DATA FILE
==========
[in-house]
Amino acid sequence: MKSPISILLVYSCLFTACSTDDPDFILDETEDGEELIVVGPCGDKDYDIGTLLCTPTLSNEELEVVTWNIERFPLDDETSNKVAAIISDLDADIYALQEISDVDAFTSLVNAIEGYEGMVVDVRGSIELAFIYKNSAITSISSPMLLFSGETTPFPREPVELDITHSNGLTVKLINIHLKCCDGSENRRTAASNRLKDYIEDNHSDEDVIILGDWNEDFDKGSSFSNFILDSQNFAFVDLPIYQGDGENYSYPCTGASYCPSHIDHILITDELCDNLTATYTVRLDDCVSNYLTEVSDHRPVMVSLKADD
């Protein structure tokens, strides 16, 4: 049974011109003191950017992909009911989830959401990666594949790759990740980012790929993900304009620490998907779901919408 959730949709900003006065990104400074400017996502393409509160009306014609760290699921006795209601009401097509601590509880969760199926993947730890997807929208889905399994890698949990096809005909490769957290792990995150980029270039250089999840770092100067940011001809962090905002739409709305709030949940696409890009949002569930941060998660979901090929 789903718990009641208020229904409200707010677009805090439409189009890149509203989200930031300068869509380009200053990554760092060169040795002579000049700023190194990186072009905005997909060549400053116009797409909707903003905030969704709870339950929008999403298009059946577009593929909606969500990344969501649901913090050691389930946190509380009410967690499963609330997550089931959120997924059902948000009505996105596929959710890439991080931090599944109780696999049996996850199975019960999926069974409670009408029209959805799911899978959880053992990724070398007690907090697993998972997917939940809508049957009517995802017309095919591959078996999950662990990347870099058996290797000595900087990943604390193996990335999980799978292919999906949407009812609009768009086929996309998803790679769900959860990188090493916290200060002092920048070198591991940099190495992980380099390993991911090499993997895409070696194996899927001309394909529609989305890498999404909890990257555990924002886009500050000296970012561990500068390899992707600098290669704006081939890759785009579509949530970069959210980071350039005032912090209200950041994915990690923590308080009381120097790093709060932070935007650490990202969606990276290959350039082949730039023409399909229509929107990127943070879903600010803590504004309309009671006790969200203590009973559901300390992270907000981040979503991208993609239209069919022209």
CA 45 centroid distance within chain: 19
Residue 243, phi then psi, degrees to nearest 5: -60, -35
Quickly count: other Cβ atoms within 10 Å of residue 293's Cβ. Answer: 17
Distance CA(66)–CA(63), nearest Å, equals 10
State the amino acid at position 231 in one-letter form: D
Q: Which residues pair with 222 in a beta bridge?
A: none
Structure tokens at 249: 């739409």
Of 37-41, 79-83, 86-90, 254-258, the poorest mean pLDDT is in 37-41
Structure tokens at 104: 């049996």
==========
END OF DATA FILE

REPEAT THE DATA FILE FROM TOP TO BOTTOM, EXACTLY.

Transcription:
[in-house]
Amino acid sequence: MKSPISILLVYSCLFTACSTDDPDFILDETEDGEELIVVGPCGDKDYDIGTLLCTPTLSNEELEVVTWNIERFPLDDETSNKVAAIISDLDADIYALQEISDVDAFTSLVNAIEGYEGMVVDVRGSIELAFIYKNSAITSISSPMLLFSGETTPFPREPVELDITHSNGLTVKLINIHLKCCDGSENRRTAASNRLKDYIEDNHSDEDVIILGDWNEDFDKGSSFSNFILDSQNFAFVDLPIYQGDGENYSYPCTGASYCPSHIDHILITDELCDNLTATYTVRLDDCVSNYLTEVSDHRPVMVSLKADD
């Protein structure tokens, strides 16, 4: 049974011109003191950017992909009911989830959401990666594949790759990740980012790929993900304009620490998907779901919408 959730949709900003006065990104400074400017996502393409509160009306014609760290699921006795209601009401097509601590509880969760199926993947730890997807929208889905399994890698949990096809005909490769957290792990995150980029270039250089999840770092100067940011001809962090905002739409709305709030949940696409890009949002569930941060998660979901090929 789903718990009641208020229904409200707010677009805090439409189009890149509203989200930031300068869509380009200053990554760092060169040795002579000049700023190194990186072009905005997909060549400053116009797409909707903003905030969704709870339950929008999403298009059946577009593929909606969500990344969501649901913090050691389930946190509380009410967690499963609330997550089931959120997924059902948000009505996105596929959710890439991080931090599944109780696999049996996850199975019960999926069974409670009408029209959805799911899978959880053992990724070398007690907090697993998972997917939940809508049957009517995802017309095919591959078996999950662990990347870099058996290797000595900087990943604390193996990335999980799978292919999906949407009812609009768009086929996309998803790679769900959860990188090493916290200060002092920048070198591991940099190495992980380099390993991911090499993997895409070696194996899927001309394909529609989305890498999404909890990257555990924002886009500050000296970012561990500068390899992707600098290669704006081939890759785009579509949530970069959210980071350039005032912090209200950041994915990690923590308080009381120097790093709060932070935007650490990202969606990276290959350039082949730039023409399909229509929107990127943070879903600010803590504004309309009671006790969200203590009973559901300390992270907000981040979503991208993609239209069919022209």
CA 45 centroid distance within chain: 19
Residue 243, phi then psi, degrees to nearest 5: -60, -35
Quickly count: other Cβ atoms within 10 Å of residue 293's Cβ. Answer: 17
Distance CA(66)–CA(63), nearest Å, equals 10
State the amino acid at position 231 in one-letter form: D
Q: Which residues pair with 222 in a beta bridge?
A: none
Structure tokens at 249: 């739409």
Of 37-41, 79-83, 86-90, 254-258, the poorest mean pLDDT is in 37-41
Structure tokens at 104: 């049996």